The Missoula Current sent a candidate questionnaire to all City Council candidates ahead of the General Election in November. Below is the response from Ward 6 council candidate Sandra Vasecka.

1. While this is a non-partisan race, how do you align politically?


2. What do you see as the top issues facing the city at this point in

Never-ending property tax increases are by far the biggest concern on everyone's mind right now. That, and the increasing criminal behavior around town.

3. What would you bring to the table to resolve your top issue?

This year, I proposed seven budget amendments to my colleagues to decrease our spending on items that could be either delayed or cancelled altogether. Unfortunately, all of my suggestions failed.

However, I will continue to work with my colleagues on council to try to compromise and ease everyone’s stress regarding their tax bill.

4. Do you support funding police and fire, and how would you help them
gain the resources they need to do their job?

I am a supporter of the Police and Fire departments. During the last budget season, I worked hard to fund the police body-worn camera program. However, after working through it, I had a meeting with the mayor who informed me that he decided to include it in the budget afterall.

Although my efforts were in vain, it shows my dedication to supporting public safety. My voting record also reflects my support for funding items
that Police and Fire come to council asking us to fund.

5. In what way do you support local businesses, both big and small?

I have spent all of my campaign funds through local Missoula businesses, except for one item that I could not find locally from a Montana business. For my everyday spending, I prefer to buy items from small businesses, such as produce from local farm stands or eggs and meat from Montana farmers and ranchers.

If I can’t find what I need at smaller stores, I go to bigger box stores in person or online for pickup instead of ordering from out of state. This is because these corporate-owned businesses pay property taxes to our local government.

6. The city is facing a budget crisis. How would you address it?

I believe I addressed this question in Q2 and Q3, but to add - I believe public safety and streets are our biggest priority, and will continue to work with my colleagues and the mayor to try and convince them of the same.

7. What areas would you cut to help the city balance its budget next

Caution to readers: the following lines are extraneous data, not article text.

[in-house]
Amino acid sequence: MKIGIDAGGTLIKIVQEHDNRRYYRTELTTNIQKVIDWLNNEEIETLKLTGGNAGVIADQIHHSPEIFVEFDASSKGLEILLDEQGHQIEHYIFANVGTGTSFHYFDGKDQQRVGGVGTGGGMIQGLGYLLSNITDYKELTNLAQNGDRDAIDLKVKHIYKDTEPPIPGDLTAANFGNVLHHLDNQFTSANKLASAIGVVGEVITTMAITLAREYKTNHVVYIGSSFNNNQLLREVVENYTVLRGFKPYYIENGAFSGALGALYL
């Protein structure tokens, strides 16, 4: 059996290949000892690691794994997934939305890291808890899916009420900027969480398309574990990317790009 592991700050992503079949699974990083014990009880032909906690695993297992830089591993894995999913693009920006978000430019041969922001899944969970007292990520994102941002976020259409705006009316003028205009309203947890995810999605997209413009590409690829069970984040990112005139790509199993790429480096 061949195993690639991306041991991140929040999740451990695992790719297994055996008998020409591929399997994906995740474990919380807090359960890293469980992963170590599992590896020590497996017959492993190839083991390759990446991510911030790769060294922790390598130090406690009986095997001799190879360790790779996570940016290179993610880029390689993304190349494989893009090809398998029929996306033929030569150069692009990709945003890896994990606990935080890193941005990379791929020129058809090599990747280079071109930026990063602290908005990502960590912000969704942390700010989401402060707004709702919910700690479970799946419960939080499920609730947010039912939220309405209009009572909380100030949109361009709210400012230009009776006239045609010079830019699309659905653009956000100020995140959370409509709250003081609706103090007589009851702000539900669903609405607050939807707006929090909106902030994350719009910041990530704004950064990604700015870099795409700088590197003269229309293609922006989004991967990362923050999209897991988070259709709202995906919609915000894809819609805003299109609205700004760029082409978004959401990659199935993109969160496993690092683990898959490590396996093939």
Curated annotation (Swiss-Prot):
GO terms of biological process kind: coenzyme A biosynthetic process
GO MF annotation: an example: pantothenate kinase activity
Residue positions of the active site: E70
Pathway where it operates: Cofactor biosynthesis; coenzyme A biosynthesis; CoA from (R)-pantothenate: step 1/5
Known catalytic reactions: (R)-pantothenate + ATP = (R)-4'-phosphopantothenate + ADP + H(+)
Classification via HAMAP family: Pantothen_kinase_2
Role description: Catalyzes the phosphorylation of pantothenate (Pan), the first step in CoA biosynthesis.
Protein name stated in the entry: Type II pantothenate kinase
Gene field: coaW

fiscal year?

Consultants, lobbyists, qualitative rather than quantitative studies.

8. How would you help address homelessness, and how does personal
accountability come into play?

I will continue to work towards balanced solutions that maintain our commitment to social safety for those who are down on their luck, while safeguarding our community
from criminal behavior enacted by a minority of transients.

I will encourage the police department to take action against blatant criminal behavior such as open drug use, drinking, public masturbation, and violence. Enacting laws against these illegal activities will discourage transients from staying in the area and allow our truly vulnerable population access to our limited resources.

9. How can the City of Missoula play a stronger role in supporting
businesses and growing jobs?

Making it easier to start and expand businesses, hire and retain employees, and be more liberal with local zoning regulations can help reduce barriers to entry. Additionally,
minimizing property tax increases can help businesses save money and allocate resources more efficiently.

10. How would you support housing development in Missoula without
turning to subsidies like the Affordable Housing Trust Fund?

Reducing regulations surrounding the building industry can help streamline the process of obtaining business licenses and building permits. The more regulations we have, the longer it takes to get these permits, which increases variable costs for builders. This, in turn, increases costs for houses and rentals.

If it takes 9-12 months or more to get a building permit, the base costs for building materials such as cement and lumber could skyrocket out of your budget. It would be poor business practice to absorb these costs as it could put you out of business and you would most likely be in debt. These costs then get passed on to the home-buyer or renter. By streamlining the process, fewer costs would be variable, and housing would likely be more affordable.